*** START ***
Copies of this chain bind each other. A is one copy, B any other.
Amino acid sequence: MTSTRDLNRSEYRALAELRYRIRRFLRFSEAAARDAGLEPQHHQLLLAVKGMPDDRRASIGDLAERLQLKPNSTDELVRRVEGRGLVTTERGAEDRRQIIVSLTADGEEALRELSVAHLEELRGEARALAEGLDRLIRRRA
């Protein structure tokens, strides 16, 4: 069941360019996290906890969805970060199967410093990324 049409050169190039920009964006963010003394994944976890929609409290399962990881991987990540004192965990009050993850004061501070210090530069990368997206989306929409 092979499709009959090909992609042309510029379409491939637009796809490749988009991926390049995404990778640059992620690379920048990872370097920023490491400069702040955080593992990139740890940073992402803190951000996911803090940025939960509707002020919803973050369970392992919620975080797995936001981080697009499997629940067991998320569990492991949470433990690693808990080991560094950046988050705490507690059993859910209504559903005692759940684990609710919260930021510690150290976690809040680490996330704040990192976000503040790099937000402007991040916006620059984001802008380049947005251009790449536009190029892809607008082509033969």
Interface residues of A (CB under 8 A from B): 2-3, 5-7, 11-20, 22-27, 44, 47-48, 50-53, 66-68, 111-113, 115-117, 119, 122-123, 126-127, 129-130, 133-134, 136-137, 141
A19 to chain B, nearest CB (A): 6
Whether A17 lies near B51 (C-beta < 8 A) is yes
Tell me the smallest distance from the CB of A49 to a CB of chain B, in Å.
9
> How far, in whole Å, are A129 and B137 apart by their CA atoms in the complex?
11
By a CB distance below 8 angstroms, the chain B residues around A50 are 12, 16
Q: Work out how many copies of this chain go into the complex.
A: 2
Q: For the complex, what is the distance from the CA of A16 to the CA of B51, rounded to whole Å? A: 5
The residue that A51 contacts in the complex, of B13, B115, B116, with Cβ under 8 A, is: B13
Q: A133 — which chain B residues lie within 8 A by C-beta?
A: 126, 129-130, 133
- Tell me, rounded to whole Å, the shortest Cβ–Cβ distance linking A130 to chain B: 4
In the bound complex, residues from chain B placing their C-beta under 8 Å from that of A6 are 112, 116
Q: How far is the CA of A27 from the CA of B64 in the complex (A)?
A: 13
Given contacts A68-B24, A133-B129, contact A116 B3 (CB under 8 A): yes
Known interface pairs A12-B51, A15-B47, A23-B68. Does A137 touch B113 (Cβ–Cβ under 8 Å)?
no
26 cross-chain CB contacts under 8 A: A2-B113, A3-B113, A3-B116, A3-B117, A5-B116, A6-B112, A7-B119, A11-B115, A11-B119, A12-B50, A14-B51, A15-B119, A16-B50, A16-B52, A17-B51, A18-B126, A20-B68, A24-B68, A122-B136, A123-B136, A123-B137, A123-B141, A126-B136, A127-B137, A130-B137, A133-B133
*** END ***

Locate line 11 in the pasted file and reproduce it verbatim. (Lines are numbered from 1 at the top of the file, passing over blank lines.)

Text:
By a CB distance below 8 angstroms, the chain B residues around A50 are 12, 16